x Abu Dhabi, UAETuesday 25 July 2017

Growing Saudi demand for housing pushes prices up

Property prices in parts of Riyadh and Jeddah have risen in the past year as Saudi Arabia's growing population drives demand for new homes, research by the Oxford Business Group (OBG) shows.

Property prices in parts of Riyadh and Jeddah have risen in the past year as Saudi Arabia's growing population drives demand for new homes, research by the Oxford Business Group (OBG) shows. The recovery in the kingdom's property sector comes after prices fell by as much as 20 per cent last year, separate data from CB Richard Ellis released in April showed.

Prices rose by about 3 per cent in prime and emerging residential areas of Jeddah and Riyadh over the past 12 months, the OBG research found, with demand for new homes expected to reach an estimated 1.5 million by 2015. "Figures indicate that both cities are earmarked for tremendous growth, especially in prime residential districts and new growth areas in the north of Riyadh and Jeddah," said Rakesh Kunhiraman, the Dubai-based director of OBG's consulting division.

Mr Kunhiraman said the construction of low-cost housing, a segment that had been under-served in the kingdom, would also become more important as demand swelled. Saudi Arabia's mortgage law, which has been in the works for almost a decade, is also expected to release pent-up demand once it is implemented, raising speculation over whether there will be enough supply. "Most new developments are targeting the high-income segments of the population, which constitute a relatively small share of existing demand," said Mr Kunhiraman. "This points to a severe shortfall in supply in the low to mid-income segment."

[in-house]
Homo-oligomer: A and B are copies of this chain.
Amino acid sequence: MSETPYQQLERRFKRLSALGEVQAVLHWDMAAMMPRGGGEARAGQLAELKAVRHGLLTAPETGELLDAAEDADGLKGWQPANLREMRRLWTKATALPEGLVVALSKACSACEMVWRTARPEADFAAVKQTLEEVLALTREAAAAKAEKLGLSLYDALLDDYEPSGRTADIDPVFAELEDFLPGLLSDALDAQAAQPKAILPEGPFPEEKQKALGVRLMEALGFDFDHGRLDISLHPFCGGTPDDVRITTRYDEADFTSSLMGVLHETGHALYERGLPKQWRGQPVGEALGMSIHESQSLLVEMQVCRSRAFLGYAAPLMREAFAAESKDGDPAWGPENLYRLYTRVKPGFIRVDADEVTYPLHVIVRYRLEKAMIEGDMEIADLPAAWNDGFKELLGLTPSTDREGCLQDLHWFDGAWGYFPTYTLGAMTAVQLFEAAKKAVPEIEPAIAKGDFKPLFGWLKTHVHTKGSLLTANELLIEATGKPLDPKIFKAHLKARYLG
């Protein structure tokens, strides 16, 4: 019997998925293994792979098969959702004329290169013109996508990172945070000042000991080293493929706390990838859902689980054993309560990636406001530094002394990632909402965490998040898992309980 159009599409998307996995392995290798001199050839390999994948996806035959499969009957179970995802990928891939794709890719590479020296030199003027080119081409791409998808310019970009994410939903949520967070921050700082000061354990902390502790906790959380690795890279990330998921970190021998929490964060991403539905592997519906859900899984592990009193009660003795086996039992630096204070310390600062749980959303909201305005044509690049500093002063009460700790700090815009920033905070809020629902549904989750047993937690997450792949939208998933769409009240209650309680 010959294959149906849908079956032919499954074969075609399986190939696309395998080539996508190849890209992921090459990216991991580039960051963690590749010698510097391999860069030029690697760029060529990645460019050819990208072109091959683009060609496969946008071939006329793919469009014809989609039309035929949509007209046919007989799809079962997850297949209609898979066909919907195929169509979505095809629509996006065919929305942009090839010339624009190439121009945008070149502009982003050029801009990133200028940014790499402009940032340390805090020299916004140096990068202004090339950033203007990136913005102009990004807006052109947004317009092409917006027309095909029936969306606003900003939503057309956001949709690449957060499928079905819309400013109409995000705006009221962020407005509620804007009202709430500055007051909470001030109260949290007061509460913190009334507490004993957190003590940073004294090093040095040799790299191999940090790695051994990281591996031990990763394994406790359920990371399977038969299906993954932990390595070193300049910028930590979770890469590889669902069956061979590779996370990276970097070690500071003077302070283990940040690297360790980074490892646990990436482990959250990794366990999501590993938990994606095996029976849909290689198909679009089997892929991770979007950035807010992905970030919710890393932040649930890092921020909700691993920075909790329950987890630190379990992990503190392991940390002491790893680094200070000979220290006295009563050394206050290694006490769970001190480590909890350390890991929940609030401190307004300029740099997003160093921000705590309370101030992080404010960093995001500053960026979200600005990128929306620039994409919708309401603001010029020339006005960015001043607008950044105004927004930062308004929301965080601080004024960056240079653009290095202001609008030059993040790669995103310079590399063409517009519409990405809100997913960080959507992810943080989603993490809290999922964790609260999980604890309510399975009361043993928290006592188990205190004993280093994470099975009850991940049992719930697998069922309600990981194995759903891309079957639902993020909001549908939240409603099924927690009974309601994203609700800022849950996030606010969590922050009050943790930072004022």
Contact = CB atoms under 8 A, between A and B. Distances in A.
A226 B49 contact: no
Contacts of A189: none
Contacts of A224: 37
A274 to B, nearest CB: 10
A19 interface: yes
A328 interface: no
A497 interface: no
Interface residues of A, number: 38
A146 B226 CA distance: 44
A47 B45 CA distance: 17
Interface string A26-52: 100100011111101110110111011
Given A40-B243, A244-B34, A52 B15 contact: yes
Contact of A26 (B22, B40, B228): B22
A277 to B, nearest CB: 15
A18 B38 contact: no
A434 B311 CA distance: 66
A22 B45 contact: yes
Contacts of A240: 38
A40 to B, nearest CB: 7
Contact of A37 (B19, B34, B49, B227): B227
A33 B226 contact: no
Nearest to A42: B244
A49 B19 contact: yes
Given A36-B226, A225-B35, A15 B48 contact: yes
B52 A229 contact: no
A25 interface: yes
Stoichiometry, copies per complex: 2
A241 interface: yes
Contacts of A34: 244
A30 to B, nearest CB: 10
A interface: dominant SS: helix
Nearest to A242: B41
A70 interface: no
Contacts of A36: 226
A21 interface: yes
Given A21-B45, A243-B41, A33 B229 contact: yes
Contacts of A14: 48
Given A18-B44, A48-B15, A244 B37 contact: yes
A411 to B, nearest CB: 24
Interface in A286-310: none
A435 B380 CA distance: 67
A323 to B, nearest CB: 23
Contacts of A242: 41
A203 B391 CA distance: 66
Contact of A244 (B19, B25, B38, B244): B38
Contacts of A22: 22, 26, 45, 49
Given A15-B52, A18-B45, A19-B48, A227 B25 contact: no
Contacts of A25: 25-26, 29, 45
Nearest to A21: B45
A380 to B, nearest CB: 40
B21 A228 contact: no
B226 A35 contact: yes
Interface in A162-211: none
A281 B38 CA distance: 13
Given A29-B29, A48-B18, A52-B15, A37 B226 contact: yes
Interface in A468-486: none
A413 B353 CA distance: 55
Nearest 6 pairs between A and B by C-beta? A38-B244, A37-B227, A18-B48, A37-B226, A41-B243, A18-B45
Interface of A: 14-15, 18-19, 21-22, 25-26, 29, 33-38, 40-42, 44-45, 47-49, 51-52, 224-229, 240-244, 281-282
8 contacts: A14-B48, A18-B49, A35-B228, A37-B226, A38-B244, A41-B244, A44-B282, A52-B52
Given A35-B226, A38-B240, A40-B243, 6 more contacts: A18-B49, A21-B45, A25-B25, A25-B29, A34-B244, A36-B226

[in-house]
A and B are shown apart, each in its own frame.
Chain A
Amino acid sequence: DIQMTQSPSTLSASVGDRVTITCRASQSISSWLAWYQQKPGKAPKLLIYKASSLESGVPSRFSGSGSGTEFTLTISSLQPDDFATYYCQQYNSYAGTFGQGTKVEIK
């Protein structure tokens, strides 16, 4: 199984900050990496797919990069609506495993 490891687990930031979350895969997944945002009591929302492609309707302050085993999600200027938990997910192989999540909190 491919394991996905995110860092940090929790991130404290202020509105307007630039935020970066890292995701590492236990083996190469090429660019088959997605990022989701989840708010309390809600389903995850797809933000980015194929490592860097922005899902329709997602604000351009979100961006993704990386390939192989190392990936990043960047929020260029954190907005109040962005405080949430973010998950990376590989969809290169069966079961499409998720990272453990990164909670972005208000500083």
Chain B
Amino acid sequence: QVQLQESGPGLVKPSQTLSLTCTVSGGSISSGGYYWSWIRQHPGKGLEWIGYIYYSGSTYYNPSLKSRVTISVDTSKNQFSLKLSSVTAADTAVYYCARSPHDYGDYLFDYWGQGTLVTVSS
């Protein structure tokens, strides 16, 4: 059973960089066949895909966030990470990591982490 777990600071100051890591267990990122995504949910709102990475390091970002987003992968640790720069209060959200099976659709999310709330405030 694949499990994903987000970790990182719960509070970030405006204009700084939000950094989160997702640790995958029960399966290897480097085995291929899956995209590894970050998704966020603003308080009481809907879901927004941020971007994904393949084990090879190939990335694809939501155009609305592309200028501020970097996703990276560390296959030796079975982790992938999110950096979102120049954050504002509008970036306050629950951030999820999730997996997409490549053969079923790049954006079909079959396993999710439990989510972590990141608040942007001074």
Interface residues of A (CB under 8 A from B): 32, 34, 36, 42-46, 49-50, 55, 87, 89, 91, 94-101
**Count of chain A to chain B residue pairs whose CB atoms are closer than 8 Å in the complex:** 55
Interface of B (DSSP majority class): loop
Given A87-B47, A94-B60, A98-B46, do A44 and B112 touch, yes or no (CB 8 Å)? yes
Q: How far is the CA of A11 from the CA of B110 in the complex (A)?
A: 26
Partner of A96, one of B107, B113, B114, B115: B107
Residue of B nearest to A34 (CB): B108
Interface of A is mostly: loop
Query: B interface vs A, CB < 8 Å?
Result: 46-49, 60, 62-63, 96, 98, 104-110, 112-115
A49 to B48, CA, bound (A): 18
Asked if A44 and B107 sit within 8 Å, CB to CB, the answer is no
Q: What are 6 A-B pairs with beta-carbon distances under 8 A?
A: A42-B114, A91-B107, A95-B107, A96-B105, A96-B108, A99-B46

Construction activity in Saudi Arabia is starting to pick up again after US$52 billion (Dh190.97bn) worth of projects were delayed or cancelled last year as the economic downturn took hold and banks curtailed lending, according to a report by the kingdom's National Commercial Bank (NCB) last month. Construction expenditure is expected to grow to $50bn this year from $43bn last year, the report said, as developers eased the housing shortage.

Saudi Arabia's population has more than doubled since 1986 to about 25.5 million according to IMF data and is expected to reach 30 million by 2020. A number of large-scale projects are planned to help meet housing demand, including a 13 billion riyal (Dh12.73bn) urban regeneration project in the centre of Riyadh. The project is being developed by a consortium led by the Arriyadh Development Company.

Meanwhile, fresh bids for the construction of the 1.1km-tall Kingdom Tower in Jeddah, which would be the tallest tower in the world, were expected to be submitted by the end of this month. The building is designed to form part of Kingdom City, a development with an estimated construction cost of $26.6bn. @Email:agiuffrida@thenational.ae